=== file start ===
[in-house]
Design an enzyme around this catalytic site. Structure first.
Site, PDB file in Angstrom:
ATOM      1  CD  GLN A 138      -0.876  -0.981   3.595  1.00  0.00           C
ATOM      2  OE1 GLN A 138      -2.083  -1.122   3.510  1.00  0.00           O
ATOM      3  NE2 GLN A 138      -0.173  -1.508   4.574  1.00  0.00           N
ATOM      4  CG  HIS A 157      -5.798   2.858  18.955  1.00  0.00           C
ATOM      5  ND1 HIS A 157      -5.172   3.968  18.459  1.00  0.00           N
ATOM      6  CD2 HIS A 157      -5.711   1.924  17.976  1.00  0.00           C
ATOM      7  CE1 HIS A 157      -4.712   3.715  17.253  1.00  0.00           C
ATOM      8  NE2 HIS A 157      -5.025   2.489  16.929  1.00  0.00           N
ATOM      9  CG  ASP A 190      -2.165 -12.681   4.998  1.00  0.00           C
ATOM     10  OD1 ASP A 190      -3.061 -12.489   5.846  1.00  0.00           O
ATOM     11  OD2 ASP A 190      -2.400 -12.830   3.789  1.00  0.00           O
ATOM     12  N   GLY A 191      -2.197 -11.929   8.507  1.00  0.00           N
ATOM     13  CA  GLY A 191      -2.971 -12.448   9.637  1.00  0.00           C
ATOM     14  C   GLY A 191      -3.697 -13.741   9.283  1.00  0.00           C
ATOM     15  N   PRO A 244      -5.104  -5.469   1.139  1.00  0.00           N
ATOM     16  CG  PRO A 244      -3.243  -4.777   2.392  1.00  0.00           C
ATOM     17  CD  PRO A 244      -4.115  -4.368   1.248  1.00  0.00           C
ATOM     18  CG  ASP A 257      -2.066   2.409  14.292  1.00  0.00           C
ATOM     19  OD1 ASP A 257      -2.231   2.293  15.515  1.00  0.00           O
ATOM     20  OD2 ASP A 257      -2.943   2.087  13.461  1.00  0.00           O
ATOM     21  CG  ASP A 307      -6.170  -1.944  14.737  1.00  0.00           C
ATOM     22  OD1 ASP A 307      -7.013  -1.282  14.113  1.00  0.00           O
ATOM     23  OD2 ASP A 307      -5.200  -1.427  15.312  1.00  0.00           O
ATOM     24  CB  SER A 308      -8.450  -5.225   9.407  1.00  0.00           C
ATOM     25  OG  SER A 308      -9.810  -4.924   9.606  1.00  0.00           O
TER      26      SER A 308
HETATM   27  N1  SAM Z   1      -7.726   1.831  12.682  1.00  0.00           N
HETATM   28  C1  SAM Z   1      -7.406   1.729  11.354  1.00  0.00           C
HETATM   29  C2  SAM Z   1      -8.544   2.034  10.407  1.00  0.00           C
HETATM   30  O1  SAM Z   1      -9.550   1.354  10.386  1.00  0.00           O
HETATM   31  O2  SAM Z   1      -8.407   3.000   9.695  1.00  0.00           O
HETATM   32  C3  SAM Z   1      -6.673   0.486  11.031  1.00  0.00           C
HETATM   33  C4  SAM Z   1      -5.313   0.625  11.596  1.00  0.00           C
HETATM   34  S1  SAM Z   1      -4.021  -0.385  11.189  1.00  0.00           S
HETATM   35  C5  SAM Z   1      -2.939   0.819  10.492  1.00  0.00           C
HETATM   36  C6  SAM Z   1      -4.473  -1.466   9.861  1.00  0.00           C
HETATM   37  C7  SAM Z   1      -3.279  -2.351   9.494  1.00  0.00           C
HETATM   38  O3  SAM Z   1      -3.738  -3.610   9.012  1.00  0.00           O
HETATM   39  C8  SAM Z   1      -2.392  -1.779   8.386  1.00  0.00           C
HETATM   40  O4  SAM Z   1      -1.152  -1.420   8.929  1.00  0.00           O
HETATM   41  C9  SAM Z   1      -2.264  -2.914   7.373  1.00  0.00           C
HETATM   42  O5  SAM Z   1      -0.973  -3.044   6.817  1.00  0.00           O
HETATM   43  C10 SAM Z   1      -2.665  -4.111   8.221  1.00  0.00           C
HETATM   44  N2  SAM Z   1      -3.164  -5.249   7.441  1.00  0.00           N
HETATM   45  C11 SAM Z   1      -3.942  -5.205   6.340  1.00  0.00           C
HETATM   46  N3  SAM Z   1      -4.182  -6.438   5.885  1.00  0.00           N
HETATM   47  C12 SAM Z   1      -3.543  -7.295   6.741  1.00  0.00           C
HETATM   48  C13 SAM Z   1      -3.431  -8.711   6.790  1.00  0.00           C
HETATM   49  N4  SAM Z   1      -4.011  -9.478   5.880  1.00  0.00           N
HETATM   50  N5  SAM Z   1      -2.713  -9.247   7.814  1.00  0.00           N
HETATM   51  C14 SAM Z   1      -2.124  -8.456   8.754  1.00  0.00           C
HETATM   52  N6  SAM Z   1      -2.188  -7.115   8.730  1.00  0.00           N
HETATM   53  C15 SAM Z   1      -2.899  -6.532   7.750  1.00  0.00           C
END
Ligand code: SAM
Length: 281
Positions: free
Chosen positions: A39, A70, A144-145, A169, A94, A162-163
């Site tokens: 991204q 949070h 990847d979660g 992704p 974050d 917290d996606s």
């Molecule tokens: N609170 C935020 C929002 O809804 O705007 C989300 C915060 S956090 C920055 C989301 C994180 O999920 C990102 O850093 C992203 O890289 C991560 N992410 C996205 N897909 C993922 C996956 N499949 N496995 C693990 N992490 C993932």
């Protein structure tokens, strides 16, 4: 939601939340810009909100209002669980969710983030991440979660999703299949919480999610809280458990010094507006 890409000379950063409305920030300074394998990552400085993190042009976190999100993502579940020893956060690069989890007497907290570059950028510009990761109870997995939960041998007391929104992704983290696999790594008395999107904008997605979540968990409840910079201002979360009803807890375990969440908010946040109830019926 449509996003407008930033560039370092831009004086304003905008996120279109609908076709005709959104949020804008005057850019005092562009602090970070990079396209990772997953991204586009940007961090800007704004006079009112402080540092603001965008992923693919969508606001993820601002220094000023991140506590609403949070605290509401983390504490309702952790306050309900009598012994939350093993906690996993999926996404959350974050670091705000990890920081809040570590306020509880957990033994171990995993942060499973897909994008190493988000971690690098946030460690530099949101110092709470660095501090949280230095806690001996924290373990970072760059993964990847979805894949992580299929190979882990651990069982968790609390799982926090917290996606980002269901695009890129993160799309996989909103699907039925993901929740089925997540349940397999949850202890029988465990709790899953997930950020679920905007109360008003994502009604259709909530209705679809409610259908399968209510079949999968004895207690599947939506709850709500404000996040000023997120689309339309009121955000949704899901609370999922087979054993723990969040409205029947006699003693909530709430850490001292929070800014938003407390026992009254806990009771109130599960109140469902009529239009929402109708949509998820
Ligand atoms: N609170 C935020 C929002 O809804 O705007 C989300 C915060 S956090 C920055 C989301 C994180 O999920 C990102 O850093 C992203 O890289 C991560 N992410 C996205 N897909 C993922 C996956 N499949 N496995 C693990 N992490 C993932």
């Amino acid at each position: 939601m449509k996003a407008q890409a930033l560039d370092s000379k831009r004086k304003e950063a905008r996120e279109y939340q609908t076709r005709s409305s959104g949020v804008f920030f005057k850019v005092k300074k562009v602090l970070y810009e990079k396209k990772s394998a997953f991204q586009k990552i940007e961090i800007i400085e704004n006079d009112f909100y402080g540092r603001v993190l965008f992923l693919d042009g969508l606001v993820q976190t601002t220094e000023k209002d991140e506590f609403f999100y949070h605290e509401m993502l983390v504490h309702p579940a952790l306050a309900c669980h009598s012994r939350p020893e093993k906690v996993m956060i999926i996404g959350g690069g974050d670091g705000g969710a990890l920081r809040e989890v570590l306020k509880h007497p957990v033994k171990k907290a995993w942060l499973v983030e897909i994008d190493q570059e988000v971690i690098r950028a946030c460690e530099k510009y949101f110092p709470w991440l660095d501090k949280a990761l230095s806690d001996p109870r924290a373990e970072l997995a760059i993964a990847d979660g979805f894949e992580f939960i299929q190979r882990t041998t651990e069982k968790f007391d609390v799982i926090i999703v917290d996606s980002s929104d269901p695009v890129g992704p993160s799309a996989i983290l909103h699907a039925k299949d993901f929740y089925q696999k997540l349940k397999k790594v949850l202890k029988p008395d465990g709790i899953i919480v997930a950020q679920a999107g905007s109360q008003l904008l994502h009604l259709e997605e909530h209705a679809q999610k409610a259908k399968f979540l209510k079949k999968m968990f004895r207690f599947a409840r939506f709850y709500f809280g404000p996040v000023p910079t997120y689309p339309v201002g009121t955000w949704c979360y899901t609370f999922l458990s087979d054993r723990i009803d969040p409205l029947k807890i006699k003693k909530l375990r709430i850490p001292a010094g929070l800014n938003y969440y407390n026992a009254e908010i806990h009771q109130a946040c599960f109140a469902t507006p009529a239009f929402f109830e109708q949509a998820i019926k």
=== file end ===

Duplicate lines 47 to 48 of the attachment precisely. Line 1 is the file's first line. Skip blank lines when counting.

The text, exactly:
HETATM   44  N2  SAM Z   1      -3.164  -5.249   7.441  1.00  0.00           N
HETATM   45  C11 SAM Z   1      -3.942  -5.205   6.340  1.00  0.00           C